LA Opera glories in the music of Tannhäuser

United StatesUnited States Wagner, Tannhäuser: Soloists, Chorus and Orchestra of LA Opera / James Conlon (conductor). Dorothy Chandler Pavilion, Los Angeles, 24.10.2021. (JRo)

Sara Jakubiak (Elisabeth, left) with the pilgrims © Cory Weaver/LA Opera

Original production – Ian Judge
Director – Louisa Muller
Sets and Costumes – Gottfried Pilz
Lighting – Marcus Doshi
Chorus director – Grant Gershon
Choreographer – Aszure Barton

Tannhäuser – Issachah Savage
Elisabeth – Sara Jakubiak
Venus – Yulia Matochkina
Hermann, Landgrave of Thuringia – Morris Robinson
Wolfram – Lucas Meachem
Biterolf – Philip Cokorinos
Walther von der Vogelweide – Robert Stahley
Heinrich der Schreiber – Anthony Ciaramitaro
Reinmar – Patrick Blackwell
Voice of Shepherd – Erica Petrocelli

If a contemporary audience of Tannhäuser has difficulty with the clichéd, Romantic elements of Wagner’s view of the feminine – woman as malevolent seductress or woman as saint and angel – then LA Opera’s sensitive production worked to temper the extremes.

Torn between sensual love as experienced in the underworld of the Venusberg, and his desire for freedom – for ‘spring’s awakening’ and ‘summer’s healing warmth’ – Tannhäuser flees to the upper world and finds himself welcomed back to the Medieval court of Hermann, the Landgrave of Thuringia. But it is the call of his former love, Elisabeth, that convinces the knight to stay.

In this original LAO production, thankfully, all is not black and white. Venus was indeed a seductress with her lustful cortege, but Yulia Matochkina’s goddess had very human emotions. Her love for Tannhäuser was palpable. As for the virginal Elisabeth, Sara Jakubiak seemed to be resisting her very physical desire for Tannhäuser. I wasn’t there for the 2007 staging directed by Ian Judge; this time around, Louisa Muller was at the helm.

The parallel duality of pagan and Christian, as represented by the Venusberg and the upper world of Thuringia, was modulated by the ambiguous, abstract setting. Revolving platforms with doors and windows were reconfigured to suggest the Venusberg or the Wartburg Castle’s Hall of Song. A massive and beautiful abstraction of the limbs of a birch tree demarcated the outdoor world, and stark lighting added the right notes of color throughout. Though short on inventiveness, the vaguely twentieth-century costumes had some virtues. They made the challenging themes somewhat more palatable. For example, there were simple shifts for the dancers rather than the near naked and clichéd apparel of many productions. The pilgrims wore modest white robes, sparing us the dirty rags of penitents. More puzzling were the ball gowns and tuxedos of the song contest, reminiscent of a Verdi opera.

However, once again, it was the extraordinary James Conlon and the LAO orchestra that brought this production to vivid life. The dual musical voices of the upper world and the lower – the spiritual and the erotic – were rendered in all their glorious colors. The strings were swoon-worthy, and the brass echoed in the mind long after the evening was over.

As the immortal Venus, Russian mezzo Matochkina was a force to be reckoned with both musically and dramatically. She reigned over her court with a steely presence while at the same time exuding warmth and intense sensuality. Choreographer Aszure Barton, who has worked with major international dance companies, managed to keep the feverish antics of the lustful to a less literal pitch. Except for a few lapses into Bob Fosse territory, her choreography used the dancers’ bodies with sculptural artistry, rather than as sex toys as in many previous productions.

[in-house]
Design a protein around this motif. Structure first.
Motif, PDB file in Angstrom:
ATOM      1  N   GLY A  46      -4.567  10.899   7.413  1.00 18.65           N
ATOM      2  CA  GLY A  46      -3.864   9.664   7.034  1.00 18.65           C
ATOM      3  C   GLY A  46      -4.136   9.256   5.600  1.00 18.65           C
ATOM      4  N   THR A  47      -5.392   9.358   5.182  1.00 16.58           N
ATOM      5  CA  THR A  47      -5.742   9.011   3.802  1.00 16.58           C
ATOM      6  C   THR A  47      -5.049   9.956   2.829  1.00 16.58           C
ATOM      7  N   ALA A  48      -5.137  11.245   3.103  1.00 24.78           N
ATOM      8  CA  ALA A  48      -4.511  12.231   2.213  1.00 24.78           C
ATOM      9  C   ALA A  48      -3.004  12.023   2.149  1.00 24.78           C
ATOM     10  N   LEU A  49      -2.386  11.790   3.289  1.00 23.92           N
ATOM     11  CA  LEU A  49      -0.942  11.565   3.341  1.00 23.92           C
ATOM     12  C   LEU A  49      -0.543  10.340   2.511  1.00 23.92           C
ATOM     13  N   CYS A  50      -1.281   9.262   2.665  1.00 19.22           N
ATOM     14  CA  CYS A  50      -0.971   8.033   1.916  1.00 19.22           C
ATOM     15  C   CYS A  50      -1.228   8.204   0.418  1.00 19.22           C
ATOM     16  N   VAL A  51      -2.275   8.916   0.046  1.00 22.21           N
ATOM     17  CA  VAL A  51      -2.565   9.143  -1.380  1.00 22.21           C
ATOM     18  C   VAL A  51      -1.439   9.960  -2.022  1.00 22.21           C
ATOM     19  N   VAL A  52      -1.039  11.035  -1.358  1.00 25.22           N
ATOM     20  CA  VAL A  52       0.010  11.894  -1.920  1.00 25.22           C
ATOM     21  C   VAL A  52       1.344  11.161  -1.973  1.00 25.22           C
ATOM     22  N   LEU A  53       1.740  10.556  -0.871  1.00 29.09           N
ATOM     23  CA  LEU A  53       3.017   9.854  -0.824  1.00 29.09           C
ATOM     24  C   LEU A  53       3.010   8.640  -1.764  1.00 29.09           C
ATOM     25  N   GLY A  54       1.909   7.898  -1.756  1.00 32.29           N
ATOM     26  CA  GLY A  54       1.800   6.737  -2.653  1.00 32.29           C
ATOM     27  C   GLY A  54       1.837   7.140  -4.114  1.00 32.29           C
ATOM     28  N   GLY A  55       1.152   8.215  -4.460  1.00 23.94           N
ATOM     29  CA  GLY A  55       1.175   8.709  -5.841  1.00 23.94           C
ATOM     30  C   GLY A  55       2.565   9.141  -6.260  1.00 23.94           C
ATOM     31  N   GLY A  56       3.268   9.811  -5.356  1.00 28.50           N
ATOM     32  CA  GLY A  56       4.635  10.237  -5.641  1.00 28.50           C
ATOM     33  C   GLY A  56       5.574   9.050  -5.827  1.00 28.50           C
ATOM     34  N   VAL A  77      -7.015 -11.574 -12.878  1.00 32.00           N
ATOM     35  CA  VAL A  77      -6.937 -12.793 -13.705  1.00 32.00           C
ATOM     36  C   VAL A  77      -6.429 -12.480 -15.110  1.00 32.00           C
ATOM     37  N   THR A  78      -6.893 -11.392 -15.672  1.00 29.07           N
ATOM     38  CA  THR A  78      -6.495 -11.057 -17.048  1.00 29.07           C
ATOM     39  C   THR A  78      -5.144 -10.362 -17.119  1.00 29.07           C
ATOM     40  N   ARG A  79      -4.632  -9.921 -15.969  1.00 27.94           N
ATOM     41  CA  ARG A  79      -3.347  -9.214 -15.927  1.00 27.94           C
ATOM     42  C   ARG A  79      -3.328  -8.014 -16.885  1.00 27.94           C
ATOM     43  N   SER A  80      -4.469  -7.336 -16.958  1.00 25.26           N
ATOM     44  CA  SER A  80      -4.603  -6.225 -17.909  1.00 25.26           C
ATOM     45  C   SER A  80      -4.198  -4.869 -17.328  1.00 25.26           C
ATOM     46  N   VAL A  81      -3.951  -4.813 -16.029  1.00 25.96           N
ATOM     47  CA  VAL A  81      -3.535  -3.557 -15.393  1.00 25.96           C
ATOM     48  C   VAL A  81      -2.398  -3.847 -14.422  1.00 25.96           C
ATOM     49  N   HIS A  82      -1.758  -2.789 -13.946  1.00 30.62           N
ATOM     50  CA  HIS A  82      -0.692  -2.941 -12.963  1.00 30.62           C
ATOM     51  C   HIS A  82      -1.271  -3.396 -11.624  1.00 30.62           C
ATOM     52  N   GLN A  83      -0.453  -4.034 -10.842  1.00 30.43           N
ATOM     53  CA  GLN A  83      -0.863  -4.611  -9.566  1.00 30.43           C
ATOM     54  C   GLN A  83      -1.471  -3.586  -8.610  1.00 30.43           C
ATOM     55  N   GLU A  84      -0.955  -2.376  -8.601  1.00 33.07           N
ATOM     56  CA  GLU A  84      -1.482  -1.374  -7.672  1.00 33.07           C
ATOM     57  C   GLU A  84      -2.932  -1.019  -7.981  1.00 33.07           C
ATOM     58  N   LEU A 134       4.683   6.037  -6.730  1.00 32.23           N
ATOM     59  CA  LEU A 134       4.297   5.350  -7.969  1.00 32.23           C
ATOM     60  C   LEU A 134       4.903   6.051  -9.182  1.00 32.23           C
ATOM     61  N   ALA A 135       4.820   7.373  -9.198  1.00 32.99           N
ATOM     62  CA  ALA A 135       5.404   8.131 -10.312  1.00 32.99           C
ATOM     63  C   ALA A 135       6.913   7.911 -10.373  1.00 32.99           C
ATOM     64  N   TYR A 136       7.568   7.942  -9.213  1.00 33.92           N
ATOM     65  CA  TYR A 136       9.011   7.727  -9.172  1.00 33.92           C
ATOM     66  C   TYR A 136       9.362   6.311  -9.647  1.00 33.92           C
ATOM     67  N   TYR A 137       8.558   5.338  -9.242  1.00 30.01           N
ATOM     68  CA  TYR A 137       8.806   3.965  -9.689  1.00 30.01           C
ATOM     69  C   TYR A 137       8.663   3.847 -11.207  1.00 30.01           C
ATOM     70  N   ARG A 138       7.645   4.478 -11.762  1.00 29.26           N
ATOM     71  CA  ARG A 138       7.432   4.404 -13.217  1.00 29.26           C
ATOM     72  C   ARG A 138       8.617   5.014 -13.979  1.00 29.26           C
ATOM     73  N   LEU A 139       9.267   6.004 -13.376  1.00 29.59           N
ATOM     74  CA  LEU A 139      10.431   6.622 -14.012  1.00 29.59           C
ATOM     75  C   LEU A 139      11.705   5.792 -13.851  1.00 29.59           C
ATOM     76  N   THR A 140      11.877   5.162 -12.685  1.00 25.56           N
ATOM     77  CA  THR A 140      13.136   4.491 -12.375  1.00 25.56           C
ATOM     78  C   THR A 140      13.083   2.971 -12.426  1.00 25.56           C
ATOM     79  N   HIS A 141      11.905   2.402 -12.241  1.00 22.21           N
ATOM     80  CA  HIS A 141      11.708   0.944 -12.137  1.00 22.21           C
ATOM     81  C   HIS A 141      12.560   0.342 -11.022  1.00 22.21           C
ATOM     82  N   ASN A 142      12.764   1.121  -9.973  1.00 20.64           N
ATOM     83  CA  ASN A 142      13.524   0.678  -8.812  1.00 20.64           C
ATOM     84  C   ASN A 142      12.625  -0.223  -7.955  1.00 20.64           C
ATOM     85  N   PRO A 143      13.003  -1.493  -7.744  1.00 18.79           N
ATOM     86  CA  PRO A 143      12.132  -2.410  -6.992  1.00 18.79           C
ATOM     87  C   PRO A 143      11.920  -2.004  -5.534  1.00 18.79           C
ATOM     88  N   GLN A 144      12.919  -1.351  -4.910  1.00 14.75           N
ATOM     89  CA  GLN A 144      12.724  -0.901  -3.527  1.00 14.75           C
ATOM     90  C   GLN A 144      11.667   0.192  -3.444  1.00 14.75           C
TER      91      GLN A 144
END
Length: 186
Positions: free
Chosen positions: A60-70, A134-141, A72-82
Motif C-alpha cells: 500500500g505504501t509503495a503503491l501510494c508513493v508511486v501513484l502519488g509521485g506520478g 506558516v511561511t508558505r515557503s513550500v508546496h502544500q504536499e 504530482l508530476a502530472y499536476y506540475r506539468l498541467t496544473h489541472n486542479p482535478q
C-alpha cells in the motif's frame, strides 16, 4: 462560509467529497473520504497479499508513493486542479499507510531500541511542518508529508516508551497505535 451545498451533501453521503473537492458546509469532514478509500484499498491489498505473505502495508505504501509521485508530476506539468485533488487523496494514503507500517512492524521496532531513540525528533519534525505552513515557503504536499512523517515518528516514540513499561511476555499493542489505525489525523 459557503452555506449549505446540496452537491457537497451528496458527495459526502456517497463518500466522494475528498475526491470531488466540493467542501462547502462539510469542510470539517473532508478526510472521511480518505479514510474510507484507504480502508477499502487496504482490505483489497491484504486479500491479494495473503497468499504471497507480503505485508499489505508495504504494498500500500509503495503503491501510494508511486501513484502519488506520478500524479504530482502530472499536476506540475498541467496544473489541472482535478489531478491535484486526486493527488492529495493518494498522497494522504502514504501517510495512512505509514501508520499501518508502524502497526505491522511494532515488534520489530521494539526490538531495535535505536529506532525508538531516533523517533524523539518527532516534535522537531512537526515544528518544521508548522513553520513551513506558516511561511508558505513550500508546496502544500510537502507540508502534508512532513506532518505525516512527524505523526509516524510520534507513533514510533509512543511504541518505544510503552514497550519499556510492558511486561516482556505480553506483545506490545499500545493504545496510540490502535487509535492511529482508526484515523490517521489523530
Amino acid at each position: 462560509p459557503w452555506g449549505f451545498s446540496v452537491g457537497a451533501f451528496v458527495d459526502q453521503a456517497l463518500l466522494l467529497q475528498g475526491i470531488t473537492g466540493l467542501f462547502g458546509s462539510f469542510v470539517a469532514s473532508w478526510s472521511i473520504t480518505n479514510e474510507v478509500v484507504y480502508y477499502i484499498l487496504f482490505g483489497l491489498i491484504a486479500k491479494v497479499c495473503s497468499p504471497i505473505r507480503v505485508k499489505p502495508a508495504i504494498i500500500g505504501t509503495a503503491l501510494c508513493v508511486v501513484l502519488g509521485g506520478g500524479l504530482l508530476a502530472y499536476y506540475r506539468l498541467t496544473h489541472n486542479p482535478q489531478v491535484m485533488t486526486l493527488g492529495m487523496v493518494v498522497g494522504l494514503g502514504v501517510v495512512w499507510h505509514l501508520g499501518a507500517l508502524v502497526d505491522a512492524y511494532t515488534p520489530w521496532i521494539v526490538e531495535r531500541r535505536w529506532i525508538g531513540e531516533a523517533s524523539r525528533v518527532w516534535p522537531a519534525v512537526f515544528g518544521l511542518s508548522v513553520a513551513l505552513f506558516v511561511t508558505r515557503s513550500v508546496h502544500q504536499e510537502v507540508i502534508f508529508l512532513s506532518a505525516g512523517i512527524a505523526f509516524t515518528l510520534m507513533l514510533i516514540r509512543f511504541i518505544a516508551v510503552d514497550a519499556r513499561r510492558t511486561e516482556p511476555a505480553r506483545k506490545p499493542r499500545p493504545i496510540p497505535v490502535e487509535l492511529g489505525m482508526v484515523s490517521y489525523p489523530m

Issachah Savage (Tannhäuser) & Yulia Matochkina (Venus) © Cory Weaver/LA Opera

As the evening progressed, Issachah Savage as Tannhäuser grew in expressive power, coming alive dramatically during his character’s frustrations in the song contest. It is here, when he can no longer bear the naivety of his fellow knights, that Tannhäuser explodes into his hymn of praise to Venus and shocks the assembly, propelling the act to its climax: Elisabeth’s defense of Tannhäuser’s body and soul.

As Elisabeth, Jakubiak’s soprano was powerful enough to hold sway over the horrified assembly and the LAO Orchestra. She was less the innocent girl next door and more the long-suffering woman in this production. In Act II, costumed in a ball gown with a low-cut neckline and massive stand-up collar, her dress seemed at odds with her virginal character. Nevertheless, Jakubiak prevailed, singing magnificently.

Baritone Lucas Meachem proved a charismatic Wolfram, solid in his friendship for Tannhäuser and tender in his unrequited love for Elisabeth. He sang the famous ‘Song to the Evening Star’ with elegance and depth of feeling. Morris Robinson’s luxurious bass and formidable presence on stage made him an imposing leader of the Thuringians.

Robert Stahley, Philip Cokorinos, Anthony Ciaramitaro and Patrick Blackwell were Tannhäuser’s fellow knights and minnesingers. They, along with Meacham and Savage, sang a rousing septet, encouraging the long-lost knight in a stunning ensemble at the conclusion of Act I.

Whether singing the religiously tranquil Pilgrims’ Chorus or the joyous Grand March, the LAO chorus under the direction of Grant Gershon brought forth the majesty of Wagner’s often frustrating but undeniably beautiful music drama.

Jane Rosenberg

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